Gordon Hayward Sr. was probably a bit jealous of his son Tuesday evening.
Before the Celtics’ game against the Brooklyn Nets at TD Garden, Hayward Jr. got a chance to meet tennis legend John McEnroe, his father’s favorite tennis player growing up in Indiana. The two chatted for a bit on center court before McEnroe took a few shots on the parquet. (Few actually went in the basket.)
“I used to play high school basketball,” said a smiling McEnroe, in town to promote the Laver Cup, a three-day tennis tournament coming to TD Garden in September. “I don’t think these guys would be too threatened by my basketball ability.”
Tuesday wasn’t the first time Hayward and the 61-year-old McEnroe had met. McEnroe visited Salt Lake City for a tennis exhibition in 2014 when Hayward was a member of the Utah Jazz, so the pair got a chance to rally for a bit on a tennis court.
“He can hit a pretty good ball,” said McEnroe, who quickly qualified his compliment. “For a basketball player.”
Hayward started playing tennis when he was 5 years old. His parents, who both played, introduced him and his twin sister, Heather, to the sport. The pair competed in mixed doubles, and even won a few tournaments together, but Hayward said singles was his primary focus.
“I liked singles way better than doubles,” Hayward said. “I just kind of liked everything being on you as an individual. I like that aspect of tennis: You’ve got to pick yourself up. Whether you’re having success or not, it’s all on you.”
Growing up in Indiana, Hayward juggled multiple sports through middle school before concentrating on just tennis and basketball once he got to Brownsburg High. Rail-thin at 5 feet 11 inches his freshman year, he actually contemplated quitting basketball. He thought he was better at tennis, and could pursue a career in college.
“My parents were both 5-foot-10, so I didn’t know if I would grow,” said Hayward, now a 6-8 swingman with the Celtics. “I wanted to play a sport in college, and tennis was looking more and more like the easier route.”
Although Hayward didn’t compete on the national level, he participated in local USTA tournaments and held the No. 1 singles spot for three years in high school. To try to win a state title, he even skipped AAU basketball the summer before his senior year. (He ended up losing to the eventual winner.)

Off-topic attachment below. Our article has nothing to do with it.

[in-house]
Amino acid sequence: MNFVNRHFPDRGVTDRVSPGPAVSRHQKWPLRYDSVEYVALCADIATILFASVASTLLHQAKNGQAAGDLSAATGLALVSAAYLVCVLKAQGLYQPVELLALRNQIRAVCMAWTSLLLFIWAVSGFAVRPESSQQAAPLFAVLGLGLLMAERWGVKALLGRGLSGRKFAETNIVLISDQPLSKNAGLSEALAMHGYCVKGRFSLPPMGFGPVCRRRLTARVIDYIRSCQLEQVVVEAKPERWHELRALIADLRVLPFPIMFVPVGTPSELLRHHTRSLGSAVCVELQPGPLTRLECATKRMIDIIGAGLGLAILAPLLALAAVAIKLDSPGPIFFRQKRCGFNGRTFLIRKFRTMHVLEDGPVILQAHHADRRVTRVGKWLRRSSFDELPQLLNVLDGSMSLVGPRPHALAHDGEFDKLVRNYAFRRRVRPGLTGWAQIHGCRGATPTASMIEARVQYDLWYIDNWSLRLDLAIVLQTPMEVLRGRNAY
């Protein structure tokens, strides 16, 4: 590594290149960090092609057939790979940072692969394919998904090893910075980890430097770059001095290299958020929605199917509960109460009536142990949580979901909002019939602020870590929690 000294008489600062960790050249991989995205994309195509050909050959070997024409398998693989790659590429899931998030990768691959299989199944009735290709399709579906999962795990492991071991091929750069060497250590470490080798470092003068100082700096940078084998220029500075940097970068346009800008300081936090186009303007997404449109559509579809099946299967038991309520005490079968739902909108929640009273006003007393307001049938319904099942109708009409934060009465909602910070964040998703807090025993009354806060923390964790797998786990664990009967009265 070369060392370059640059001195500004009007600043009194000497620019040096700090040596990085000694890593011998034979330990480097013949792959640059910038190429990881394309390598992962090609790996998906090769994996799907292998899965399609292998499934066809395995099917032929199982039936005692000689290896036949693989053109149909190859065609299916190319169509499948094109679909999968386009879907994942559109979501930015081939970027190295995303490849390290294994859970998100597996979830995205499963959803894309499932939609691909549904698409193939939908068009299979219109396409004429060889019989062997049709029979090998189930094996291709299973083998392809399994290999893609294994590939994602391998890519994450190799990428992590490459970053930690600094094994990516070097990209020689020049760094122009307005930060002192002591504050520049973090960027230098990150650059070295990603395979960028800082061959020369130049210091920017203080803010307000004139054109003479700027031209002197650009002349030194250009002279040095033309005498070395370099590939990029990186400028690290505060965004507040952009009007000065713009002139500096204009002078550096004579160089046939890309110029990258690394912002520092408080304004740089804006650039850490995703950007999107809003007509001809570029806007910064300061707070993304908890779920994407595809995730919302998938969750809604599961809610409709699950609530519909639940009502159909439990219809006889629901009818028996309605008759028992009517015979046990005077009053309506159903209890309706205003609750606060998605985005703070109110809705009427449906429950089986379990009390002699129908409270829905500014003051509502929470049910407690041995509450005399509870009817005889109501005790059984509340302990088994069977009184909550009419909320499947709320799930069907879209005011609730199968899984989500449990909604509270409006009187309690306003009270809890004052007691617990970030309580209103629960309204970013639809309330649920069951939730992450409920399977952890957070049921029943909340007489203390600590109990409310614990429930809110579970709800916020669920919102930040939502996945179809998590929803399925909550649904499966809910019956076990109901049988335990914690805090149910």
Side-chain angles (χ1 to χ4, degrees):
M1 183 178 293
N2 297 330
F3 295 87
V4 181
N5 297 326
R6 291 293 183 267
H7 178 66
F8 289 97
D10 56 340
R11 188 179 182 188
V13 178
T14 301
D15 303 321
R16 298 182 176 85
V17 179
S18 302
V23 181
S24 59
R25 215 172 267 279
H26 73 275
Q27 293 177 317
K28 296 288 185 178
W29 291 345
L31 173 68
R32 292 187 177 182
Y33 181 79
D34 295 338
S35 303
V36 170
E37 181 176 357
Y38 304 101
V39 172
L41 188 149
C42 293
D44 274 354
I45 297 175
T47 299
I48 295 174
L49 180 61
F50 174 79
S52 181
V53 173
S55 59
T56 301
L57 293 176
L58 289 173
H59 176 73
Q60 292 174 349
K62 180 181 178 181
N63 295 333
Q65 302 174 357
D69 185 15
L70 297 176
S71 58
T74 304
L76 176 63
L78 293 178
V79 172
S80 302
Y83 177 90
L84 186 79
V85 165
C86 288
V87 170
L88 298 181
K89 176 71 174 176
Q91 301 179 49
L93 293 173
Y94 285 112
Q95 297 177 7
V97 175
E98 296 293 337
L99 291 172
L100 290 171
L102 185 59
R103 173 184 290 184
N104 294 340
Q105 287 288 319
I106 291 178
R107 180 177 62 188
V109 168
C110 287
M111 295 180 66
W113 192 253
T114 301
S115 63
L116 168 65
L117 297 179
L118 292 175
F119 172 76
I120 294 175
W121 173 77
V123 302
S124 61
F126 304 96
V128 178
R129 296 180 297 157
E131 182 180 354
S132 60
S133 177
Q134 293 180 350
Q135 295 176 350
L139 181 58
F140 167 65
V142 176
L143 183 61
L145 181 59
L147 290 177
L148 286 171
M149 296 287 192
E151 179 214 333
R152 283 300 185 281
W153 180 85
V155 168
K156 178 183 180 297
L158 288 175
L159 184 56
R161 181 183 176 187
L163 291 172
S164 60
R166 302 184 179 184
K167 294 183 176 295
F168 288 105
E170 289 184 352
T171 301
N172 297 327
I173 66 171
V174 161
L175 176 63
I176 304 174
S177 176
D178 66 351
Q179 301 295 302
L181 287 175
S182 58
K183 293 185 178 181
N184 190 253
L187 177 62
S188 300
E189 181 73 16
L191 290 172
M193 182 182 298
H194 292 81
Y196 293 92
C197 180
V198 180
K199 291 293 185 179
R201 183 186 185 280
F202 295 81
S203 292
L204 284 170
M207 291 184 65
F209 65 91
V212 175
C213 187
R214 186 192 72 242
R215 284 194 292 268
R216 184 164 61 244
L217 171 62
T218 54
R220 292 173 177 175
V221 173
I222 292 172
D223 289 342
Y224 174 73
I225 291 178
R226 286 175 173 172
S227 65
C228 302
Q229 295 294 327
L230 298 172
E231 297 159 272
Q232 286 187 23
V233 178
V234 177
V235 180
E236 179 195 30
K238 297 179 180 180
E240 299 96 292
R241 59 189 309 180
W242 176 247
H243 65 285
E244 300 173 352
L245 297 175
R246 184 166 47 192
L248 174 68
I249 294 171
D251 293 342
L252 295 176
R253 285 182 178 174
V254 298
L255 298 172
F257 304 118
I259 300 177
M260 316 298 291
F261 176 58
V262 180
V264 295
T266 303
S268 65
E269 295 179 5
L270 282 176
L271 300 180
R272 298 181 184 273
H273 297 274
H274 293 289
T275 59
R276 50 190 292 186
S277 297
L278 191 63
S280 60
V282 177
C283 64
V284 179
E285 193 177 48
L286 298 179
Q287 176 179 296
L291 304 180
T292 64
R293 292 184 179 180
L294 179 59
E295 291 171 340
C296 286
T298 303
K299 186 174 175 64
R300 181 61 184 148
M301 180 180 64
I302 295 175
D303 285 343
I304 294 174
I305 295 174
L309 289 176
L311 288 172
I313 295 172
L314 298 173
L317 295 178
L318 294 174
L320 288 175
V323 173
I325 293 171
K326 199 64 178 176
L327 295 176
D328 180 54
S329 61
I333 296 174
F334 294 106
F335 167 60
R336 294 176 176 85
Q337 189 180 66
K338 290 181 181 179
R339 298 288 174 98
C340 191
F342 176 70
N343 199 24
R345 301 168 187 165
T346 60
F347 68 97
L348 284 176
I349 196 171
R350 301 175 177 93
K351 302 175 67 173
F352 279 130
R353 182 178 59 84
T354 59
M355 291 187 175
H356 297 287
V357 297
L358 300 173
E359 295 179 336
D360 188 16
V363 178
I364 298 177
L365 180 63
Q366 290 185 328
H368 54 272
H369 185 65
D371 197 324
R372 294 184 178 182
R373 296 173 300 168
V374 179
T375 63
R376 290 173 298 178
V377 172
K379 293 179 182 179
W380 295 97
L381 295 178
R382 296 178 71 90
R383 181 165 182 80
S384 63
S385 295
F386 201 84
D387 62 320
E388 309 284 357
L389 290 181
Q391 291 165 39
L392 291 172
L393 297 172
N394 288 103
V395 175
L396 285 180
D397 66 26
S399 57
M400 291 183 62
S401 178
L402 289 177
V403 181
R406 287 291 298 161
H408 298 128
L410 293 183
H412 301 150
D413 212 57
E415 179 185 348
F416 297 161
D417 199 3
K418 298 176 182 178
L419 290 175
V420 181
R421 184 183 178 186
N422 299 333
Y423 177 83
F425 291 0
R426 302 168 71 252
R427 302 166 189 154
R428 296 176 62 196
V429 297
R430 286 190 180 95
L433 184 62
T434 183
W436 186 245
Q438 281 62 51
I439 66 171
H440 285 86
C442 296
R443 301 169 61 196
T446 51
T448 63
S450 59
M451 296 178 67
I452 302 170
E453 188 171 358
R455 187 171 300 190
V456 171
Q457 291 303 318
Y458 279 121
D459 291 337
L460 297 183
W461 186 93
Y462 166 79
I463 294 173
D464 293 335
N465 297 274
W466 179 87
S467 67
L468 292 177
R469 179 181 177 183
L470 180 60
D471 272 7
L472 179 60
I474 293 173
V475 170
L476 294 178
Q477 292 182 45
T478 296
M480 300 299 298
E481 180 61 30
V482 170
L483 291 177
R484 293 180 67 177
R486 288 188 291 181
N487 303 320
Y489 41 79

Sticking to basketball, however, clearly paid off for Hayward, now in his 10th NBA season. He sees some carryover between the sports, namely the emphasis on lateral movement, the ability to change direction, and the need for short bursts of energy. He also credits tennis for helping him establish a strong mental game.
“You’re on an island out there by yourself, so you have to figure out how to pull yourself together,” he said. “In basketball, there are times where you’ve got to do the same thing and move on to the next play. There’s no better sport than tennis to move onto the next play. Every single time a point’s over, you win or lose, you got to play the next one.”
Had he stuck to tennis, Hayward imagines his game would have been similar to 6-10 American John Isner, someone he has forged a relationship with over the years. Hayward initially was a baseliner, his athleticism facilitating strong court coverage, but after he hit a growth spurt, soaring to 6-8 his senior year of high school, his coach encouraged him to adopt more of a serve-and-volley style — the core of Isner’s game.
“He’s a good 2 or 3 inches taller than me, but I’d like to think if I were to play on the tour, I would be something like him,” Hayward said.
To cap their meeting, Hayward and McEnroe exchanged “jerseys.” Hayward gave McEnroe a custom green Celtics jersey, and McEnroe gifted him a red Team World jacket for the Laver Cup. As McEnroe was walking away, NBC Sports commentator and former Celtic Brian Scalabrine called out to Hayward.
“Who would win, if you guys played a match today?” Scalabrine asked.
Hayward smiled and, without hesitation, pointed to McEnroe.